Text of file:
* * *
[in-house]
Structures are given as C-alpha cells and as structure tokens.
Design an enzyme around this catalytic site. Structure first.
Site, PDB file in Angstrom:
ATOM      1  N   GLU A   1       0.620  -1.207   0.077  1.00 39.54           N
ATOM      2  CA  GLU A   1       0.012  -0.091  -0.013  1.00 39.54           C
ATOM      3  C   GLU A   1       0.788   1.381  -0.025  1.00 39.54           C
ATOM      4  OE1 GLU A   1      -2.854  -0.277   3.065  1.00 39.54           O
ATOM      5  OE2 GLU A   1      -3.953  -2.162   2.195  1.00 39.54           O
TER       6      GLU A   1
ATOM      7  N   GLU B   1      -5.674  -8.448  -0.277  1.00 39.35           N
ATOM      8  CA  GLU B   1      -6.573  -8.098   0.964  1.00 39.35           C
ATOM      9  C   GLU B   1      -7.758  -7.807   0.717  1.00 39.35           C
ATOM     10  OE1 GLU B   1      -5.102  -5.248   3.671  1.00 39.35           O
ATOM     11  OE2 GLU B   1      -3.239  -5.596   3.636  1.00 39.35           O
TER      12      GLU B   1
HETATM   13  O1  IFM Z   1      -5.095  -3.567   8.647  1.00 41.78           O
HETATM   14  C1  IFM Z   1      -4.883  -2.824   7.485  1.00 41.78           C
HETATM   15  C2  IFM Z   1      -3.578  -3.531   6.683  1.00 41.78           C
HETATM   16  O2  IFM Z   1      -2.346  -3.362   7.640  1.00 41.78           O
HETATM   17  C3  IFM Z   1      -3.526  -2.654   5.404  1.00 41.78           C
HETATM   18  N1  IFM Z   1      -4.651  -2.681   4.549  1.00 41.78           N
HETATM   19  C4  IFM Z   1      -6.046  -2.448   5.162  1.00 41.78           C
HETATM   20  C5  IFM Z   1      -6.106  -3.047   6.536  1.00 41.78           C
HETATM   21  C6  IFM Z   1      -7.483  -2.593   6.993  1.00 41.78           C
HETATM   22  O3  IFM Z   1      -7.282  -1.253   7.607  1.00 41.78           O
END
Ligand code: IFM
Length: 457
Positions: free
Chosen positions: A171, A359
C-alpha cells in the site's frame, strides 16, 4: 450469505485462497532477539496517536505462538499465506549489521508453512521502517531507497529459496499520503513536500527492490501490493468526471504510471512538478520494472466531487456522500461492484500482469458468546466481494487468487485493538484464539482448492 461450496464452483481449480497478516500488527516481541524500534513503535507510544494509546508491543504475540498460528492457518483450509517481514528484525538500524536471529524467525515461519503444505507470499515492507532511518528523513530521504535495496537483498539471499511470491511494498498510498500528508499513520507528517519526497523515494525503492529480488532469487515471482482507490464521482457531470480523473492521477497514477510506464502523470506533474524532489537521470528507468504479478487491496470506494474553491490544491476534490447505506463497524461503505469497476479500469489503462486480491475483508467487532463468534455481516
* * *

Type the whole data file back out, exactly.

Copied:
[in-house]
Structures are given as C-alpha cells and as structure tokens.
Design an enzyme around this catalytic site. Structure first.
Site, PDB file in Angstrom:
ATOM      1  N   GLU A   1       0.620  -1.207   0.077  1.00 39.54           N
ATOM      2  CA  GLU A   1       0.012  -0.091  -0.013  1.00 39.54           C
ATOM      3  C   GLU A   1       0.788   1.381  -0.025  1.00 39.54           C
ATOM      4  OE1 GLU A   1      -2.854  -0.277   3.065  1.00 39.54           O
ATOM      5  OE2 GLU A   1      -3.953  -2.162   2.195  1.00 39.54           O
TER       6      GLU A   1
ATOM      7  N   GLU B   1      -5.674  -8.448  -0.277  1.00 39.35           N
ATOM      8  CA  GLU B   1      -6.573  -8.098   0.964  1.00 39.35           C
ATOM      9  C   GLU B   1      -7.758  -7.807   0.717  1.00 39.35           C
ATOM     10  OE1 GLU B   1      -5.102  -5.248   3.671  1.00 39.35           O
ATOM     11  OE2 GLU B   1      -3.239  -5.596   3.636  1.00 39.35           O
TER      12      GLU B   1
HETATM   13  O1  IFM Z   1      -5.095  -3.567   8.647  1.00 41.78           O
HETATM   14  C1  IFM Z   1      -4.883  -2.824   7.485  1.00 41.78           C
HETATM   15  C2  IFM Z   1      -3.578  -3.531   6.683  1.00 41.78           C
HETATM   16  O2  IFM Z   1      -2.346  -3.362   7.640  1.00 41.78           O
HETATM   17  C3  IFM Z   1      -3.526  -2.654   5.404  1.00 41.78           C
HETATM   18  N1  IFM Z   1      -4.651  -2.681   4.549  1.00 41.78           N
HETATM   19  C4  IFM Z   1      -6.046  -2.448   5.162  1.00 41.78           C
HETATM   20  C5  IFM Z   1      -6.106  -3.047   6.536  1.00 41.78           C
HETATM   21  C6  IFM Z   1      -7.483  -2.593   6.993  1.00 41.78           C
HETATM   22  O3  IFM Z   1      -7.282  -1.253   7.607  1.00 41.78           O
END
Ligand code: IFM
Length: 457
Positions: free
Chosen positions: A171, A359
C-alpha cells in the site's frame, strides 16, 4: 450469505485462497532477539496517536505462538499465506549489521508453512521502517531507497529459496499520503513536500527492490501490493468526471504510471512538478520494472466531487456522500461492484500482469458468546466481494487468487485493538484464539482448492 461450496464452483481449480497478516500488527516481541524500534513503535507510544494509546508491543504475540498460528492457518483450509517481514528484525538500524536471529524467525515461519503444505507470499515492507532511518528523513530521504535495496537483498539471499511470491511494498498510498500528508499513520507528517519526497523515494525503492529480488532469487515471482482507490464521482457531470480523473492521477497514477510506464502523470506533474524532489537521470528507468504479478487491496470506494474553491490544491476534490447505506463497524461503505469497476479500469489503462486480491475483508467487532463468534455481516